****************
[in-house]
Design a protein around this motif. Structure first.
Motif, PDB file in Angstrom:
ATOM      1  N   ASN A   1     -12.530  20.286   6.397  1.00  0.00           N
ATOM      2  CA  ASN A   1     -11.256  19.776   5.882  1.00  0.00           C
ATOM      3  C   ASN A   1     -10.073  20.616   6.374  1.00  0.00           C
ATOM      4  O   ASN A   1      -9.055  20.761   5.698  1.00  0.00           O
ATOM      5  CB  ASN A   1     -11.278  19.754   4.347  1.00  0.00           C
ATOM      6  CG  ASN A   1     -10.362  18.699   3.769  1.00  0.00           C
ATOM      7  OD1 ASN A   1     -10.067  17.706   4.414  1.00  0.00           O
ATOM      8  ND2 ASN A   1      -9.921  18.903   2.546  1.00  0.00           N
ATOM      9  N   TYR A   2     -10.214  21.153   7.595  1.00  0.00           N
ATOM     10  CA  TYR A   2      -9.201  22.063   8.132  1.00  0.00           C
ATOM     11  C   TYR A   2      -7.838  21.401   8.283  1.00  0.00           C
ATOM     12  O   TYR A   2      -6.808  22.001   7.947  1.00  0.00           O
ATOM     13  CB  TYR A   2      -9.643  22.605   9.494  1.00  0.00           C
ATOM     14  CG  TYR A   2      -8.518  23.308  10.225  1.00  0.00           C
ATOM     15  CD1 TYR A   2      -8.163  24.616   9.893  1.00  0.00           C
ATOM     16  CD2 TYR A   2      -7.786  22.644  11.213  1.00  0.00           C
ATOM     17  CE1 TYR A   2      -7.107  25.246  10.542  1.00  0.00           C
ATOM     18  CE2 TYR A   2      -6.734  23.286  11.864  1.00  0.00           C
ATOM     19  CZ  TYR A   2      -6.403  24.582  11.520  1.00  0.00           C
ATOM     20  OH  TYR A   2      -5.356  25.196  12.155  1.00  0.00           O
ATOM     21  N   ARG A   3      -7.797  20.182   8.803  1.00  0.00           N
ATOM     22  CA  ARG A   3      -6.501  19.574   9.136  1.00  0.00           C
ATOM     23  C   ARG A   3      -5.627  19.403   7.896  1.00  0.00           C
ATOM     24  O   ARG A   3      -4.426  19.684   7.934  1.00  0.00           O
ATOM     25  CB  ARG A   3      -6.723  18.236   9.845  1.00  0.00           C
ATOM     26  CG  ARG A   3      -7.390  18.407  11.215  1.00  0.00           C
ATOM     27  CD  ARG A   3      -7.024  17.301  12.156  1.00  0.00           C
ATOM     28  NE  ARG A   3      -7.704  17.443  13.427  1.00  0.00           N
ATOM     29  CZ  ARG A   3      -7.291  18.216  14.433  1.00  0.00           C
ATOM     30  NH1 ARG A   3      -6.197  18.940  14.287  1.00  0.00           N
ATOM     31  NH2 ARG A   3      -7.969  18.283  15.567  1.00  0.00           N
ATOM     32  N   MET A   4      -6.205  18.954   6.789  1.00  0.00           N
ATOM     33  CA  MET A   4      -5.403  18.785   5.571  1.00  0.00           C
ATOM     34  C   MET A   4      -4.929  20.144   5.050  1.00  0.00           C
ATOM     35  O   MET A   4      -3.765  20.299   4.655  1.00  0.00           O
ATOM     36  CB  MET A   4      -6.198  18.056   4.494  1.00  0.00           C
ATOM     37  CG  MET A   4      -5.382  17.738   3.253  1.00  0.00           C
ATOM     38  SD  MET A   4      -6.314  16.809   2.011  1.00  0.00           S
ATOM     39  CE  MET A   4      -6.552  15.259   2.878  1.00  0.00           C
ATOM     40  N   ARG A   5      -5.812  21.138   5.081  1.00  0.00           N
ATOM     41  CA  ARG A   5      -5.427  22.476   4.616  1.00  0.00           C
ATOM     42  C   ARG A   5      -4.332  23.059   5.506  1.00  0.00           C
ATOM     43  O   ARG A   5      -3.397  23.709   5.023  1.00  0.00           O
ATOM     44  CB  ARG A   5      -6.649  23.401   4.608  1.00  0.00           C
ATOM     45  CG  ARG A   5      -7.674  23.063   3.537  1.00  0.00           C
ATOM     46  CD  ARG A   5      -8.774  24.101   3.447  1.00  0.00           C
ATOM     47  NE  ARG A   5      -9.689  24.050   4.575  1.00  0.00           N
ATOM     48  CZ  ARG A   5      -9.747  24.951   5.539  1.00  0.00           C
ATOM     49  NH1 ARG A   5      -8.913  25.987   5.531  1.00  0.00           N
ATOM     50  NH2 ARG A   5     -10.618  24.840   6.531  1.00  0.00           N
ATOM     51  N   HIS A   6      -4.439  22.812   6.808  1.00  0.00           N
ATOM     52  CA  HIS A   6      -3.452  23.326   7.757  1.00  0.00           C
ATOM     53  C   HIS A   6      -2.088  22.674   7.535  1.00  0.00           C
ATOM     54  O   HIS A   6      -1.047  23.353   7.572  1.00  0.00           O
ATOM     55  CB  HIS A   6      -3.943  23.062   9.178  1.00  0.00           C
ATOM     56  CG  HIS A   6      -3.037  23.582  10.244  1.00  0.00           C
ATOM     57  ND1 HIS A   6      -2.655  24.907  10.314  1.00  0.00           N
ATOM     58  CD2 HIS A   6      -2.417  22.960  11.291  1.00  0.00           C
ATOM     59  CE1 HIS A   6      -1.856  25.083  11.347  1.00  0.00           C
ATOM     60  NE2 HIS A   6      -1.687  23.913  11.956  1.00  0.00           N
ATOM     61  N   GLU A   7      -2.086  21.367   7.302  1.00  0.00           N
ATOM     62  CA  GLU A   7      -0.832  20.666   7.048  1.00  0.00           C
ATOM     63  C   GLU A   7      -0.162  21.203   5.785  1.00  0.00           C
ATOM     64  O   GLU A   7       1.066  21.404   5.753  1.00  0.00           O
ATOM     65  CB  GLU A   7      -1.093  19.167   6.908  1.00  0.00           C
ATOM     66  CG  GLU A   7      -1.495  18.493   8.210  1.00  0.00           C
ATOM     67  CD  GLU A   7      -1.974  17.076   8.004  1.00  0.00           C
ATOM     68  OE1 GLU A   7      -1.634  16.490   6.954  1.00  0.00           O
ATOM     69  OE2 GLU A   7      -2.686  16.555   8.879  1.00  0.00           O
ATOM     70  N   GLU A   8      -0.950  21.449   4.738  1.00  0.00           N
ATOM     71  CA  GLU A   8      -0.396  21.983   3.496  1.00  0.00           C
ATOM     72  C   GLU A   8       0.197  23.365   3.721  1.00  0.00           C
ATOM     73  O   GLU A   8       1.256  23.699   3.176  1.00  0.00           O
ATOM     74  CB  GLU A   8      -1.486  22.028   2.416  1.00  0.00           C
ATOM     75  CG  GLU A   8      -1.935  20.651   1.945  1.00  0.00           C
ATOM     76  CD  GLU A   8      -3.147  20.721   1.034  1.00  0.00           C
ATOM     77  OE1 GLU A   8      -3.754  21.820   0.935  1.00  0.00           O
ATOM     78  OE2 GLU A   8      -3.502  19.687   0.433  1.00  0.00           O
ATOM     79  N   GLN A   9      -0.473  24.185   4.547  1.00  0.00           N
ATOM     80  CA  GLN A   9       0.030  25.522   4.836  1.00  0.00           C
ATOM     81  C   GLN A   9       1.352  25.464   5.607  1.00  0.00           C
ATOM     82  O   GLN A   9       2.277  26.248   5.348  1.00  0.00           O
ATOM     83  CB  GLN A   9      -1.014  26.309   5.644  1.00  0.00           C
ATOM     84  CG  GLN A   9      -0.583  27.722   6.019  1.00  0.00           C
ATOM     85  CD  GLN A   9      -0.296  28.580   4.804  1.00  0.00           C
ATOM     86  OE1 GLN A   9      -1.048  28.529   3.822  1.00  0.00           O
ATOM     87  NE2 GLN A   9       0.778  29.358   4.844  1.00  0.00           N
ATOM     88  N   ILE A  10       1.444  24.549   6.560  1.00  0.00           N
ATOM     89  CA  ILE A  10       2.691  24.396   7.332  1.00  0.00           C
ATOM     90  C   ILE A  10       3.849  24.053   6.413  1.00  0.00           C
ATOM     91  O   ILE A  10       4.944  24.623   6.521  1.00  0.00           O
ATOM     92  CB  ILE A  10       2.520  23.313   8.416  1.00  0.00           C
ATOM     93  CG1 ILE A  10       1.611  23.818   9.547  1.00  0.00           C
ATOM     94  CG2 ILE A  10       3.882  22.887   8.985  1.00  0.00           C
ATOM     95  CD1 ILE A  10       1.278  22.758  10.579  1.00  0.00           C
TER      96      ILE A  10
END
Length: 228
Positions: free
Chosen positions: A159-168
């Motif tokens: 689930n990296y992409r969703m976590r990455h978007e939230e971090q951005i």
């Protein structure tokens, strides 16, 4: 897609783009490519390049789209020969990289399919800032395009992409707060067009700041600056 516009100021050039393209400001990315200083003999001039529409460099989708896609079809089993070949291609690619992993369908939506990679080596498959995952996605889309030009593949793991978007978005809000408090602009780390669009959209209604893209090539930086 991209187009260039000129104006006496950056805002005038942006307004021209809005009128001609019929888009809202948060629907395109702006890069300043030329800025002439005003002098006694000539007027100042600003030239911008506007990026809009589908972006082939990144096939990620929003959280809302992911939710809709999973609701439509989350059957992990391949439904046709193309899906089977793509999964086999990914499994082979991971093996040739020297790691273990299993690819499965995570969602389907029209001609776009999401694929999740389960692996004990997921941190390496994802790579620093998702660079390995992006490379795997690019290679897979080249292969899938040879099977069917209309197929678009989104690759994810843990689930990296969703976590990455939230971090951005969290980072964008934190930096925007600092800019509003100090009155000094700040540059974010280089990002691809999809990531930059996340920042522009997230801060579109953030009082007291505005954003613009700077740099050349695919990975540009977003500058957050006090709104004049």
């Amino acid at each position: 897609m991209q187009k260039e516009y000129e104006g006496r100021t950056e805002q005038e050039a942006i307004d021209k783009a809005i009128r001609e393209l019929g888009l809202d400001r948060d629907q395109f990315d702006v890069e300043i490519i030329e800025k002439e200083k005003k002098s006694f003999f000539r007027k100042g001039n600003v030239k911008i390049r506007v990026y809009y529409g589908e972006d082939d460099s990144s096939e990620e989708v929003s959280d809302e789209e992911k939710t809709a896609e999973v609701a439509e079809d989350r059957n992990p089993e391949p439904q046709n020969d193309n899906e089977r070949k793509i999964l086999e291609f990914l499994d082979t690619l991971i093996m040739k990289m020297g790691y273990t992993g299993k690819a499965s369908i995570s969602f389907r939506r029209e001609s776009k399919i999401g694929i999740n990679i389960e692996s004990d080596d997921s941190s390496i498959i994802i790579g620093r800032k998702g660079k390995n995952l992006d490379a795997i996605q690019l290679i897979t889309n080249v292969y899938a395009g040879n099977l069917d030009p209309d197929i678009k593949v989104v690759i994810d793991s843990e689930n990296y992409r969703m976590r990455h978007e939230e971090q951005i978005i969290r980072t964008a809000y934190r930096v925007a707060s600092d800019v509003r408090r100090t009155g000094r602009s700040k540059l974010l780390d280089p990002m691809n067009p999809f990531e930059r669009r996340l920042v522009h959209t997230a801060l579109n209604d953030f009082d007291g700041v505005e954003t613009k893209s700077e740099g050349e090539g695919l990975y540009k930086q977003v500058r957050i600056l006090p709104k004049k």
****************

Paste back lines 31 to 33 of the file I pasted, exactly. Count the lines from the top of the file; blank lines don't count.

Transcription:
ATOM     28  NE  ARG A   3      -7.704  17.443  13.427  1.00  0.00           N
ATOM     29  CZ  ARG A   3      -7.291  18.216  14.433  1.00  0.00           C
ATOM     30  NH1 ARG A   3      -6.197  18.940  14.287  1.00  0.00           N